X-Men: First Class

7 06 2011


Maybe it’s because the rest of the plot tends to be so typical and predictable.

In X-Men: First Class, we are treated to several origin stories. Not only do we learn more about the individual X-Men, but we learn where the idea of a school for mutants came from.

You may not know a lot about the X-Men to begin with. Before walking into this movie, I knew next to nothing about the comic book/movie franchise. However, at no point did I feel like I was missing out on the movie because of my lack of knowledge: it does a good job of keeping the audience informed.


The idea behind X-Men is that the advent of the nuclear age has mutated a new species of human beings. This new species has a number of colourful abilities, like the power to read minds, or sprout butterfly wings.

Some choose to use their mutant powers for good, others for evil. Conflict is inevitable. The bad guys want to exterminate the inferior ‘normal’ human beings, and the good guys want to stop them.

The bad guys are led by Sebastian Shaw (Kevin Bacon), a former Nazi. He is both charismatic and evil – a lethal combination. With his gang of mutants at his side, he plots to launch the world into a full-blown nuclear war.

Erik (a.k.a. Magneto) and Charles Xavier (Professor X) represent the good guys. After being forced to ‘out’ their powers to the U.S. government, they seek out others of their kind for scientific study.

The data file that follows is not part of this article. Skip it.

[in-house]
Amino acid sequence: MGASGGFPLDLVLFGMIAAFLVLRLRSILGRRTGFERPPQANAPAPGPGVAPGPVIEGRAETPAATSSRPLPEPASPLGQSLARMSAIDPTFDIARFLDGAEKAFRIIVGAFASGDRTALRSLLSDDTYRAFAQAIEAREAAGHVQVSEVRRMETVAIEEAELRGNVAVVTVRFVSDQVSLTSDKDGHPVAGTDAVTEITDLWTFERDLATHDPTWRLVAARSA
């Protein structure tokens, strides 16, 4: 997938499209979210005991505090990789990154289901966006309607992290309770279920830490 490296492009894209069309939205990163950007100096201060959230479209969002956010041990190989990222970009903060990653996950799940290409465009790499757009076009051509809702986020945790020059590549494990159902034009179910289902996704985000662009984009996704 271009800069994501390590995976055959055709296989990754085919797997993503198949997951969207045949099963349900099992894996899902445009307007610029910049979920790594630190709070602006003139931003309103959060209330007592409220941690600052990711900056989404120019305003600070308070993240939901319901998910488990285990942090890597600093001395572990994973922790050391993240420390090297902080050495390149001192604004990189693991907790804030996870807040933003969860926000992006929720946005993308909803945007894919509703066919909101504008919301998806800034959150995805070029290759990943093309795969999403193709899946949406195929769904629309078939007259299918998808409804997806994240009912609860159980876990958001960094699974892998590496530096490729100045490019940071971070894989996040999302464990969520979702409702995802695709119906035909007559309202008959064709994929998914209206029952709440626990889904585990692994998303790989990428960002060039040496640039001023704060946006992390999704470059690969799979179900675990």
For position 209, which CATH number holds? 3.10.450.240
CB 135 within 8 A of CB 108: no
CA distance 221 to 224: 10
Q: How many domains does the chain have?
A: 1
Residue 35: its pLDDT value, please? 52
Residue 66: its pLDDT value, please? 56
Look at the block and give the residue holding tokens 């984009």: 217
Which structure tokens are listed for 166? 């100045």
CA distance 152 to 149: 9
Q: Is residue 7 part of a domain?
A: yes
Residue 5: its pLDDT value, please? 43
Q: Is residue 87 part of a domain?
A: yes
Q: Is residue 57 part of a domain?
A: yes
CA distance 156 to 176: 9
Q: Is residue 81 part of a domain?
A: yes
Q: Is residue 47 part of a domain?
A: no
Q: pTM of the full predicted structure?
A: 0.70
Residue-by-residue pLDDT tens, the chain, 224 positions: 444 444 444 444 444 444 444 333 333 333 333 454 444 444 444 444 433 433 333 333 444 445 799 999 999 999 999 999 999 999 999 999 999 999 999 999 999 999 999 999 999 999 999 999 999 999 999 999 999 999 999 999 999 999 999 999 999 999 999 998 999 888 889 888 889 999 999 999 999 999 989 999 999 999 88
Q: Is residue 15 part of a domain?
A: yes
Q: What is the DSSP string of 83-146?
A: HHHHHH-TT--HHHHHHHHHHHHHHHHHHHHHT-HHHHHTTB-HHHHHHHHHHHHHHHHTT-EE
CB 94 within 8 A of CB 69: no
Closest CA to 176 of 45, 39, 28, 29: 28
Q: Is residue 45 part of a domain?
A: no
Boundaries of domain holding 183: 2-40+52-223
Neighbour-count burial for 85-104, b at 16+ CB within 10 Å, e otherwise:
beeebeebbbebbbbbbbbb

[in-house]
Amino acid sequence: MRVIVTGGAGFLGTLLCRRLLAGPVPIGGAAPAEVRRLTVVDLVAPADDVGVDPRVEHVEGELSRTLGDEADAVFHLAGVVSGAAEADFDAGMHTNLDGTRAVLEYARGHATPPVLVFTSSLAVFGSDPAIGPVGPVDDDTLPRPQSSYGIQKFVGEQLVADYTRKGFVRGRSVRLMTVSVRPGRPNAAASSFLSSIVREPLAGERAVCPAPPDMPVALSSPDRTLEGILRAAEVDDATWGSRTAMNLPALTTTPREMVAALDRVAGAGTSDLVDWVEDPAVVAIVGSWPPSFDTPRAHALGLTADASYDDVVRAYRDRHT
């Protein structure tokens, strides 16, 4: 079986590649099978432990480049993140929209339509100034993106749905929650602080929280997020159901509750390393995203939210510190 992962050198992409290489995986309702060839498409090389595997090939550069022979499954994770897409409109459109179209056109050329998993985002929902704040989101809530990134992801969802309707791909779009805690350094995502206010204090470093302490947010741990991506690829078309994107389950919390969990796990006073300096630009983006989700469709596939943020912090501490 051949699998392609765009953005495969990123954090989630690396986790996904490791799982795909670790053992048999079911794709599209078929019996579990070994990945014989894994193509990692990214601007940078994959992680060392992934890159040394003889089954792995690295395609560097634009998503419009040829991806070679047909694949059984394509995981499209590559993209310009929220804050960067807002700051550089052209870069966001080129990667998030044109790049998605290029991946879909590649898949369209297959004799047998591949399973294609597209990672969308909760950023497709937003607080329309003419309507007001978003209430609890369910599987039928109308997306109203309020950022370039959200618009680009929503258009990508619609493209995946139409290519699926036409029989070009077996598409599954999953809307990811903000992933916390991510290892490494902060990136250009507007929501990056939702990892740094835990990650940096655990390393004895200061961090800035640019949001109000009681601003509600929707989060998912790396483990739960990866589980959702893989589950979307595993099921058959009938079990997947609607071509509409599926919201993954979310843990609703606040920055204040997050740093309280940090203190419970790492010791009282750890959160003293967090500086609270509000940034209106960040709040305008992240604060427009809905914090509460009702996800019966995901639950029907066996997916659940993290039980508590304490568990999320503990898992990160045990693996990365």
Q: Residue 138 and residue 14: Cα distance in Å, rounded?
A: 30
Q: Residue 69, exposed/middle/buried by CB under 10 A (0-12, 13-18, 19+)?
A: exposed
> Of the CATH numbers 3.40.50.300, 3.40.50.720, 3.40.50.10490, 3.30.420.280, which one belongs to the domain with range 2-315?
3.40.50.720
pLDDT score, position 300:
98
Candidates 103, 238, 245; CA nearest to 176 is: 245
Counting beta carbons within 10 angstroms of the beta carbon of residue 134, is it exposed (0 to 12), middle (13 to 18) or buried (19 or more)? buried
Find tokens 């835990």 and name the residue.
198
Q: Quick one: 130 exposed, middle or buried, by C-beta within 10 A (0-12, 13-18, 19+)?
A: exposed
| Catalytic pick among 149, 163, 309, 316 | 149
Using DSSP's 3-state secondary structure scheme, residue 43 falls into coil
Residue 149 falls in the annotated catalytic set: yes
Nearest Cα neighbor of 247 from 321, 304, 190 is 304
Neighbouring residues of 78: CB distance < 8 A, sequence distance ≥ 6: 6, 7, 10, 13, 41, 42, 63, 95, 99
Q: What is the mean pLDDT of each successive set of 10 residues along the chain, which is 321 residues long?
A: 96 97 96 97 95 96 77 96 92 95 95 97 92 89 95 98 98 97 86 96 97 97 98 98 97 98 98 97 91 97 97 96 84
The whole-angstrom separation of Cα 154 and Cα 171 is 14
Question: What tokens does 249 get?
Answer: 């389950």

It is tough to top Ian McKellen and Patrick Stewart, who played Magneto and Professor X, respectively, in the last few X-Men movies. Nevertheless, Michael Fassbander and James McAvoy do a fantastic job as the younger version of the duo.


The emotional history of the pair is deep and complex, and First Class helps the audience understand the motivations behind the decisions they make in the future.

Many minor X-Men also get their fair share of screen time. Numerous subplots between the characters provide depth without distracting us from the main plot. Jennifer Lawrence plays the intriguing and philosophical Mystique, who constantly shapeshifts to hide her true identity as a scaly, blue mutant.

The highlight of the movie for many men will be the casting of January Jones as Emma Frost. There are very few scenes in which she is wearing clothes, choosing instead to parade around in sexy black underwear. Her presence makes it clear that First Class is primarily intended for a male audience.


Toss in some spectacular visual effects, and you’ve got a great summer blockbuster. The finale of the movie is particularly impressive, with enough missiles and bullets flying around to satisfy any action fan.

The one downside to First Class is that the ending feels slightly forced. I realize that the story from past movies cannot be changed, but some sudden character shifts felt more awkward than surprising.

The idea is fantastical: I can’t help but think that nuclear mutations would first be seen in something small, like a sixth toe, before creating people like the X-Men. Nevertheless, this X-Men movie is a class above the average summer flick, both in its intelligence and charm. In a year that is filled with superhero movies, First Class is the most entertaining story thus far.